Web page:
Dead Men Talking

Millennium Theatre Rushes Trhough An Absurdist Classic.

By Shelly McDonald

MILLENNIUM THEATRE'S stage, housed in the Historic "Y," is an intimate space. A setting quite appropriate for a play such as Rosencrantz & Guildenstern Are Dead, whose absurdist approach involves attempting to make its audience uncomfortable.

When they read the play for the first time, many people are struck by the pauses, by the tension created in the first act and which run throughout. While the dialogue is witty repartee, it's the lack of words, those forced silences, that hold us suspended, and prompt us to think about what's been uttered.

Review However, in Millennium Theater's third Tucson offering, while most of the performances were strong, the actors seemed fearful of those silences, and their performances seemed needlessly rushed.

In fact, the audience was asked to run with the dialogue, sans pauses, for the entire play. The Stoppardesque tensions were gone, and the script was tossed at us like cards at a busy blackjack table, giving little chance for rumination.

The set, a minimalist rendition of brick and mortar, represents well the security of language, one of the ideas Stoppard's writing attempts to tear asunder. And, after the third-act brawl with pirates, ironically, this set proved to be as unstable as language itself, when an impassioned thespian managed to bring down a bit of the wall with his errant sword. Even if it was accidental, perhaps Millennium should consider repeating this moment of comic relief-cum-metaphor.

When it debuted in England in 1966, Stoppard's play was a critical examination of the demise of the British Empire. There was little left for Britain to conquer, and Shakespeare, who'd been the national voice for England, was no longer effective for a disenchanted generation left without clarity of purpose. Thus, writers like Stoppard began to re-examine what the nation's traditional roles had meant. These roles, as played out in the script of Shakespeare's Hamlet, become mutable on Stoppard's stage.

Millennium Theatre Artistic Director John Gunn chooses to set his as the backstage of a Hamlet production because of the limbo inherent in such a place. The idea of Production verses Anti-Production is intriguing.

Throughout the play, Rosencrantz and Guildenstern are forced to examine the secondary nature of their characters and the inevitability of death on stage. When they meet up with The Tragedians, actors on their way to Elsinore, The Player explains to them the fated necessity of blood in everything: "I can do you blood and love without the rhetoric, and I can do you blood and rhetoric without the love, and I can do you all three concurrent or consecutive, but I can't do you love and rhetoric without the blood. Blood is compulsory--they're all blood, you see."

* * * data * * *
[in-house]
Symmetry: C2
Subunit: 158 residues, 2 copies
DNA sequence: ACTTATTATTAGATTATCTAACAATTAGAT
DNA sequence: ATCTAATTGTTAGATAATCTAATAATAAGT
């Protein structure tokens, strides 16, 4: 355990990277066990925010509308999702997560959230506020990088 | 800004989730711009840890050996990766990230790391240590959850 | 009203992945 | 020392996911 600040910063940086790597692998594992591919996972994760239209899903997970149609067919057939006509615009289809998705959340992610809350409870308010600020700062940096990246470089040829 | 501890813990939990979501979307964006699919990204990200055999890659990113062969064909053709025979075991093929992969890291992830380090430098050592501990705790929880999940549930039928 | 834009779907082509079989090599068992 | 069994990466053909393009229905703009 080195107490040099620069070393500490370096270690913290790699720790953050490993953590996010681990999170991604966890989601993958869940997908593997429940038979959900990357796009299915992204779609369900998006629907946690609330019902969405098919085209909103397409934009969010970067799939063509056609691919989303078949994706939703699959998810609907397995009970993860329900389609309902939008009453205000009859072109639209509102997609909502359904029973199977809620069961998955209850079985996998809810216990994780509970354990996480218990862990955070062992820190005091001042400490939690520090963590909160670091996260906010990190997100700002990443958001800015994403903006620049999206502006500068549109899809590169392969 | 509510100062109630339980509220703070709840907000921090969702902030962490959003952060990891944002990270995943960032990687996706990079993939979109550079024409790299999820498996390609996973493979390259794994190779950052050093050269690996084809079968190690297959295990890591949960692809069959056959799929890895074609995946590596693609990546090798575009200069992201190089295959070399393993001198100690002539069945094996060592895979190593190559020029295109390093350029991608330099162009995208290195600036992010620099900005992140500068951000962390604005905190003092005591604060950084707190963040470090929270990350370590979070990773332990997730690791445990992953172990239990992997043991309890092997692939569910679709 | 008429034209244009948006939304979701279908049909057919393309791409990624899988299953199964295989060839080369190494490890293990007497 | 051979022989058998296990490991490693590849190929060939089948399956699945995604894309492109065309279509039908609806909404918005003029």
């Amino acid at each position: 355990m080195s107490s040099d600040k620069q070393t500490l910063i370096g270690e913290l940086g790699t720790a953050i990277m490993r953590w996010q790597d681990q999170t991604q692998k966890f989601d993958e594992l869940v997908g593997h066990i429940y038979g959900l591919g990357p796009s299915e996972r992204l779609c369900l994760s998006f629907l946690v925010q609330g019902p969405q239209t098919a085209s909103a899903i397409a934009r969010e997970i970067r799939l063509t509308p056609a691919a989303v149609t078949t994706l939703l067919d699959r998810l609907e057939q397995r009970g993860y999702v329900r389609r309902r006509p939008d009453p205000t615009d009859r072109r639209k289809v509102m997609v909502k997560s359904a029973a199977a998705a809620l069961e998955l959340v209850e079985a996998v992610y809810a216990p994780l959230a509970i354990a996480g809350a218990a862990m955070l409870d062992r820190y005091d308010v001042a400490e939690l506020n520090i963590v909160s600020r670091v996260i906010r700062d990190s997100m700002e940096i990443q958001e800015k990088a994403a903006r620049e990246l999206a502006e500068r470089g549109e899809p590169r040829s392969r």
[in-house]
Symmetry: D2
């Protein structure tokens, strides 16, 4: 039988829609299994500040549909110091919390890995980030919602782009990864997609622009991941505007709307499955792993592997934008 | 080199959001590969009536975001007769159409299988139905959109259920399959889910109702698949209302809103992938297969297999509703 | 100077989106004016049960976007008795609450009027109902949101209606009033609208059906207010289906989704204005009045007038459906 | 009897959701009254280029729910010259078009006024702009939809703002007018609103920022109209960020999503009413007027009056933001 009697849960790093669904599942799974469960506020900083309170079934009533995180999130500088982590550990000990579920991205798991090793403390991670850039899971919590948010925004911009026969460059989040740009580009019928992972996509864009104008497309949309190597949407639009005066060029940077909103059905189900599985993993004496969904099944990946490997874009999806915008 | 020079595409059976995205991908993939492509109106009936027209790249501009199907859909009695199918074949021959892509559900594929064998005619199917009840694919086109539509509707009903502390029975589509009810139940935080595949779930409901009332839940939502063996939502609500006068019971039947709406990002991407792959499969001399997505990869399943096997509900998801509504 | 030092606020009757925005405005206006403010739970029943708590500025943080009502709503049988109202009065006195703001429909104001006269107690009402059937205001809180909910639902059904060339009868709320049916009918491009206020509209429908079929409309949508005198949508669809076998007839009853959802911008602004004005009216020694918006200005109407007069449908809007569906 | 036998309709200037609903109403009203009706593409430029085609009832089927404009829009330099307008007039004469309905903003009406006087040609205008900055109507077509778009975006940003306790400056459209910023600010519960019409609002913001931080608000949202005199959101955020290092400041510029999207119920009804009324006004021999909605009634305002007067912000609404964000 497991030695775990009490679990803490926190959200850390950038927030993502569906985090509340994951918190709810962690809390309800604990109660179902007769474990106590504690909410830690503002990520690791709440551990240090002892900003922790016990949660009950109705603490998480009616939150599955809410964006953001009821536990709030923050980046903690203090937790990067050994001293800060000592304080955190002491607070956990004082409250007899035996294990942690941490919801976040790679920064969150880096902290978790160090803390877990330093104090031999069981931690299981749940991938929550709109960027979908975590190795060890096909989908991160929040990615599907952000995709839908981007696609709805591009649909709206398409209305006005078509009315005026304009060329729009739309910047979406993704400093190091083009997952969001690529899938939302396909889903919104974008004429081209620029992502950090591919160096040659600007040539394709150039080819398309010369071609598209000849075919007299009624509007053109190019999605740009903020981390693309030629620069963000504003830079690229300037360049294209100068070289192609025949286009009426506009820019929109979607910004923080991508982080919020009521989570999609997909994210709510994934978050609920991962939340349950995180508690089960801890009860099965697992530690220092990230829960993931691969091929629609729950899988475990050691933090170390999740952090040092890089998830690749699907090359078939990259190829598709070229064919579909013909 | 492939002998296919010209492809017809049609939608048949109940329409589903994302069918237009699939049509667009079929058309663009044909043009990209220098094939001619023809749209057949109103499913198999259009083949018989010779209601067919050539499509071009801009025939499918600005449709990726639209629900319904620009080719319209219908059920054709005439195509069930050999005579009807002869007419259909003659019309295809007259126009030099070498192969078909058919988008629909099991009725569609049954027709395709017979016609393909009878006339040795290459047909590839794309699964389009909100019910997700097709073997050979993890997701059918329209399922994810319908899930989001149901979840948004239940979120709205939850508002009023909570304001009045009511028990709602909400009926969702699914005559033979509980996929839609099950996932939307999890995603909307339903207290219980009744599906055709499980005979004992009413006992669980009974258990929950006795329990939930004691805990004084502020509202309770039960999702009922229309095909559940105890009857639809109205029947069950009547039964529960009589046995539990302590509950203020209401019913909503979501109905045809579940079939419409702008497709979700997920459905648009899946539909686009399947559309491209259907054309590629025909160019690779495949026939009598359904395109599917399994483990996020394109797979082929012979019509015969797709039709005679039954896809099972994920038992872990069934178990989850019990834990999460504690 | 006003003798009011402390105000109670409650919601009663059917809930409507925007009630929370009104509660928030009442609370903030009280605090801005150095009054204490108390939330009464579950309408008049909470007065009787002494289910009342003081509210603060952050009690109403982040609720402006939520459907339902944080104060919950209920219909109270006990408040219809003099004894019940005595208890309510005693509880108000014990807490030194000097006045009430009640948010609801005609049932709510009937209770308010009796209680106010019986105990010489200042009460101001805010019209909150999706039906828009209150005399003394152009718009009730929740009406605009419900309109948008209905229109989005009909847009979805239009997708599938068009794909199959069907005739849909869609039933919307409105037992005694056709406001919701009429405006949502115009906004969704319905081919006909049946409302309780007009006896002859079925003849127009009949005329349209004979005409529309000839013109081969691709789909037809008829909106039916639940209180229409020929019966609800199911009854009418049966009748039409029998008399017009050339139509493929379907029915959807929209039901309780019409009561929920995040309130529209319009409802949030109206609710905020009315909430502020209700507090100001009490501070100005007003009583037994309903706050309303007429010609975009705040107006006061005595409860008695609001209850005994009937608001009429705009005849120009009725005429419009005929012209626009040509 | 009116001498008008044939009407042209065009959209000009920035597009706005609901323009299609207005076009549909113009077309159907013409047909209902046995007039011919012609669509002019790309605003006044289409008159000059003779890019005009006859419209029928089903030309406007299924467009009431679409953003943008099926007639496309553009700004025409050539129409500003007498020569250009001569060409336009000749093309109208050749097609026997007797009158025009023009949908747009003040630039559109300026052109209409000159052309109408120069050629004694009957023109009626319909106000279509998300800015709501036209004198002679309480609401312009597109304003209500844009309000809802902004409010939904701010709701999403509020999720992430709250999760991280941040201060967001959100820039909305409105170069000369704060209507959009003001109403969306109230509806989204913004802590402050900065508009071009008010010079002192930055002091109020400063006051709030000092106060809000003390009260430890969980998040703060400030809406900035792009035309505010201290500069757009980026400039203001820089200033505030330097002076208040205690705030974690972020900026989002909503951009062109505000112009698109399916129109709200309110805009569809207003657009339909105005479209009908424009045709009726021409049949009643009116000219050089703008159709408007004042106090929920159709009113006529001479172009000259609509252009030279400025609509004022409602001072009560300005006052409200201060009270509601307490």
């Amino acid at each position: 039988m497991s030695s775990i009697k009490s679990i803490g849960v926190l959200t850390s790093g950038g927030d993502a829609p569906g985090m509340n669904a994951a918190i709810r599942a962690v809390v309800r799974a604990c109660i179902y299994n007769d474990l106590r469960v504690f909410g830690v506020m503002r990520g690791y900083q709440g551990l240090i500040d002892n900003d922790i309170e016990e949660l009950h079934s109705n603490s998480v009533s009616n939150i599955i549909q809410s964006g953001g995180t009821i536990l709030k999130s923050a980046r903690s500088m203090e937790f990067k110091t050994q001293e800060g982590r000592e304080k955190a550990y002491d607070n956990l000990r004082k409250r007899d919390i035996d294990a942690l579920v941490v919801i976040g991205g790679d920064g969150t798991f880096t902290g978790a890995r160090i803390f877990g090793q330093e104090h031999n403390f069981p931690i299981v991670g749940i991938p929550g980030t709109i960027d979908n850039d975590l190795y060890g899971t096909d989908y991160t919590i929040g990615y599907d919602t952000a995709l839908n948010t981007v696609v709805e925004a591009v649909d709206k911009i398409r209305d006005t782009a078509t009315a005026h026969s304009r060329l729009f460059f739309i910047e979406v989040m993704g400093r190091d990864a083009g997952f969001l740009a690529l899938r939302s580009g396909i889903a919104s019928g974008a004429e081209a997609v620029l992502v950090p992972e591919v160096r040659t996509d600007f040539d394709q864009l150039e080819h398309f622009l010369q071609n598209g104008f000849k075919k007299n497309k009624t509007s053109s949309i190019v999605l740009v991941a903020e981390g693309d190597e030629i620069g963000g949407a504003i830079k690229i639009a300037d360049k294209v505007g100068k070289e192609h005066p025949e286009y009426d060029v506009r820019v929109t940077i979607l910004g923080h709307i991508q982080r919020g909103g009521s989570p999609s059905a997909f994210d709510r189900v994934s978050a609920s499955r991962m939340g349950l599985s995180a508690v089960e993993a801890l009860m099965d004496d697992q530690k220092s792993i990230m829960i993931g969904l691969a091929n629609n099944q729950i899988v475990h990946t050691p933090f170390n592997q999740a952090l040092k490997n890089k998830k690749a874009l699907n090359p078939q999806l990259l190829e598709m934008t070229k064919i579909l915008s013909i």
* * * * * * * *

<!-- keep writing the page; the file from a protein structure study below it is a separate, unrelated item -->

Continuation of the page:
Ultimately, Stoppard has written a play about absence. And, because of Millennium's lack of absence, I found myself filling in that space at the end. The homoerotic subtext between Rosencrantz and Guildenstern became nearly thematic in Millennium's performance. And so it was that I began to consider what this play might mean for the 1990s.

If Stoppard's England was no longer a viable production, then America's little empire must take the absurdist cake: The rhetoric and blood of the Vietnam era may actually begin to make sense, compared to the utter randomness of HIV. Our lives have moved beyond human absurdity. Given that, then, Millennium's decision to re-stage the beginning and ending of the play brings closer to home the realization of death in the '90s. Gunn's production begins with death and leaves us with Rosencrantz and Guildenstern separated, washed in two blue spotlights: "Couldn't we just stay put?" Rosencrantz demands. "I mean, no one is going to come on and drag us off...They'll just have to wait. We're still've got years...." But there is, pause, no reply, just silence.

"We've done nothing wrong! We didn't harm anyone. Did we?" These already chilling words are all the more applicable to us today, and their utterance happens to be the moment of strongest, most heartfelt acting of the evening. But, after all, the death scene is everything for The Tragedian.

Millennium Theatre Company should be applauded for its attempts at filling Tucson's empty stages with cogent, timely voices. Though at times this production wavers, it's effective enough to move one to examine what role stagecraft plays today.

Perhaps Gunn should consider slowing the pace a bit. Given the length of the play, this may seem risky, but it's worth the gamble. Maintaining an emphasis on quality rather than quantity, and with a little more time and practice, Millennium will be on its way to producing such thought-provoking plays with more confidence. TW

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